Philipp Grubauer Prepared to Continue His Development Next Season

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Shortly after the first session of the Washington Capitals' prospect development camp concluded Monday, goaltender Philipp Grubauer took the ice with goaltending coaches Mitch Korn and Olie Kolzig.

As Korn instructed, Grubauer skated laterally with powerful strides, all while gripping a medicine ball to work on his body control. 

After catching his breath, the 22-year-old, in town for the week to meet Korn and coach Barry Trotz, recalled his whirlwind 2013-14 season that saw him unexpectedly start 14 games and temporarily wrangle the starting position from Braden Holtby. 

"I didn't expect before I came up I would have played so many games," Grubauer said. "You've got to earn your net, you've got to earn your spot and you've got to play well. It shows in this league like if you don't have success, it can go downhill really, really fast."

Recalled Nov. 30 when former Capitals goaltender Michal Neuvirth suffered an injury stepping on a puck during pregame warmups, Grubauer earned his first NHL victory Dec. 8 against the New York Rangers. Beginning with that game, Grubauer started 14 of Washington's following 20 games, creating a three-man logjam in goal. 

He finished the NHL portion of his season with a 6-5-5 record, 2.38 goals against average and .925 save percentage.

"Even the first couple games, the first game I won was pretty amazing," Grubauer said. "Starting game after game after game was quite an experience, so I'm going to try to do the same thing this year or next year."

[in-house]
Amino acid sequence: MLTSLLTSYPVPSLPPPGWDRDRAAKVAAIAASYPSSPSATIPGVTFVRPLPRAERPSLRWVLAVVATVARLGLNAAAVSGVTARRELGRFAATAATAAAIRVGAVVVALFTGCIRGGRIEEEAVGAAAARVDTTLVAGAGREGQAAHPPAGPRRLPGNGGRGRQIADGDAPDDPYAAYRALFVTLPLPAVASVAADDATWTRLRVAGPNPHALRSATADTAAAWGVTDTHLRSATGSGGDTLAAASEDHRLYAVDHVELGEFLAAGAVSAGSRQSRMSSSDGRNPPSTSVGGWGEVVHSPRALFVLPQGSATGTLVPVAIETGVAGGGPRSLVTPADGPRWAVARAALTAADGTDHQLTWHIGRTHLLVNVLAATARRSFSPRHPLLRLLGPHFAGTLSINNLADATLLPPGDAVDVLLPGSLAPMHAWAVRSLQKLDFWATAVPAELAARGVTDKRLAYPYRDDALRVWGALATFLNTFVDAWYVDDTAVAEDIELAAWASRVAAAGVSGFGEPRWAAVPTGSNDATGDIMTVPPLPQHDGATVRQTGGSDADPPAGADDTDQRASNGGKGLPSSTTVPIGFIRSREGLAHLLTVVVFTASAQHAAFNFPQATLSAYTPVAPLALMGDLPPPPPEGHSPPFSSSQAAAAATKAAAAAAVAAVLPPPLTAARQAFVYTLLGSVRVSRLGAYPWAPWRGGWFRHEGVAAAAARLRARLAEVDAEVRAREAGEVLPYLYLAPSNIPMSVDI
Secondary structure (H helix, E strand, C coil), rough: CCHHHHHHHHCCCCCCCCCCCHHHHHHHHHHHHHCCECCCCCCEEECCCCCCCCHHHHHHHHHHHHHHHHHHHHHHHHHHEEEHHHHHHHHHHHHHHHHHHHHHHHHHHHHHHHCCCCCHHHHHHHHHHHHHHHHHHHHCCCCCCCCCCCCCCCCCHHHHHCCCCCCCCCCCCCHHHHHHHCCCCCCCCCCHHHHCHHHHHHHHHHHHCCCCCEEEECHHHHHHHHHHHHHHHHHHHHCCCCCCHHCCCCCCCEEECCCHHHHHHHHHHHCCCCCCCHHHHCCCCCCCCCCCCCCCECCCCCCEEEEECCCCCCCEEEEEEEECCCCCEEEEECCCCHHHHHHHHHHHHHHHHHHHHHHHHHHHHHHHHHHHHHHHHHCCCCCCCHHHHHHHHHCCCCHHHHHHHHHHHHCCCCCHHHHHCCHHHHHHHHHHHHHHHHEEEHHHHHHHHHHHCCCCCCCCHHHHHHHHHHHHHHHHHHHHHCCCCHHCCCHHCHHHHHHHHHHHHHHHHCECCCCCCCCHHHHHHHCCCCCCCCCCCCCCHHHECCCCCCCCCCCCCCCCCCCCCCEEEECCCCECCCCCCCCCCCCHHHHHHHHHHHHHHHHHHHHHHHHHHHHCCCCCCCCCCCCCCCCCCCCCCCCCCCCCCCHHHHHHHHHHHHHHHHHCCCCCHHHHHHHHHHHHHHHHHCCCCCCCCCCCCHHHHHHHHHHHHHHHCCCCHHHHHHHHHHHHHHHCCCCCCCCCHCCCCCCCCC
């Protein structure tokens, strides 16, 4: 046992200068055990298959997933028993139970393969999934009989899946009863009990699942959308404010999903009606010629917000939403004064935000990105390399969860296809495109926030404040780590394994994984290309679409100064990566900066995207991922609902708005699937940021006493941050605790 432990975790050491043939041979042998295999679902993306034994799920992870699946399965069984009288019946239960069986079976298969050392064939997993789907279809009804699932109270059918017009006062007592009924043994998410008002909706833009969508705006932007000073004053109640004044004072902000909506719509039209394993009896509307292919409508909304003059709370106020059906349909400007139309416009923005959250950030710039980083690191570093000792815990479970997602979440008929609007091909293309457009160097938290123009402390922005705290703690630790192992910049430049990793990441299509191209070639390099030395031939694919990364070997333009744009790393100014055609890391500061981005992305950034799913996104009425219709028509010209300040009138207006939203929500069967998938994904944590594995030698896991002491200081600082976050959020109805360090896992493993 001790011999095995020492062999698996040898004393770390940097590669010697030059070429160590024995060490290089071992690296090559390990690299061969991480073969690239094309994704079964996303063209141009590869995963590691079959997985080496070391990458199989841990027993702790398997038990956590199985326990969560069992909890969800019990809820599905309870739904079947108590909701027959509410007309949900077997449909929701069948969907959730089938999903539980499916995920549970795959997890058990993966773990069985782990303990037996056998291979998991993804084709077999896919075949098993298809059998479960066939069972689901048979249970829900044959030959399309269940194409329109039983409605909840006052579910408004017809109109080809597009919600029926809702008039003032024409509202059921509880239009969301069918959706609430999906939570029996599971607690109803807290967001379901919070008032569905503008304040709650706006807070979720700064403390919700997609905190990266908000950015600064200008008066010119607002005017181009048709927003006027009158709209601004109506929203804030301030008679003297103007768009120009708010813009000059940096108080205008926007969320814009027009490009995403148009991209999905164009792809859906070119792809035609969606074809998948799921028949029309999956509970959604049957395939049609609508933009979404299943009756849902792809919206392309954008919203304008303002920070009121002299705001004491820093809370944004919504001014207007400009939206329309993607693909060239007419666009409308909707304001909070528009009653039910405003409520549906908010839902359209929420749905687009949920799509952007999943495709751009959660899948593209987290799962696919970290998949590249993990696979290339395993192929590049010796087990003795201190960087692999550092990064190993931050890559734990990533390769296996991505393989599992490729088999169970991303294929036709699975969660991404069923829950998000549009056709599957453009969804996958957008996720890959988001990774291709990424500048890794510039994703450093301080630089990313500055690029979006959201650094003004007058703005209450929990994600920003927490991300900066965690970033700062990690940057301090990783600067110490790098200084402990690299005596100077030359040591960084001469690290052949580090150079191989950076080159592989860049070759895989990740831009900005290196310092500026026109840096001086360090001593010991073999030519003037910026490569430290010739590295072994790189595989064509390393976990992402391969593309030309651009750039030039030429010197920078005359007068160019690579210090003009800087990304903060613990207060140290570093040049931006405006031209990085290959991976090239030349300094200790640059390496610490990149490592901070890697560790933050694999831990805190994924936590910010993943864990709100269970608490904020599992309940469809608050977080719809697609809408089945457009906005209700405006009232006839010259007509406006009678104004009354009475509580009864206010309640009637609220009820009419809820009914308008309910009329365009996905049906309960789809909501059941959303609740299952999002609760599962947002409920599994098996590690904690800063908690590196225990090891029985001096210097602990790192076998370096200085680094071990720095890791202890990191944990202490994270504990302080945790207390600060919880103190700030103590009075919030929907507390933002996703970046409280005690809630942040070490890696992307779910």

Despite Grubauer's emergence, general manager Brian MacLellan sought an experienced goaltender to back up Holtby, providing Grubauer with ample opportunity to continue his development as the No. 1 option with the Hershey Bears of the American Hockey League. Washington signed Justin Peters, late of the Carolina Hurricanes, to a two-year, $1.9 million contract

Grubauer respected the organization's decision and is prepared to make an unscheduled appearance in Washington again if necessary.

"I got sent down my first year to the [ECHL], my second year, I got sent down to [ECHL] Reading, and even this year, if I get sent down, it's not always a bad thing," Grubauer said. "I learn my things out of that and you keep fighting through that and show the coaching staff here that you can do the job.

"Obviously, there's some things that I've got to develop and I think the coaching staff and management think the same way. Maybe it's not bad that I go back to Hershey because I play more than I probably would play here. I'm looking forward to this year and maybe I'm up here next year."

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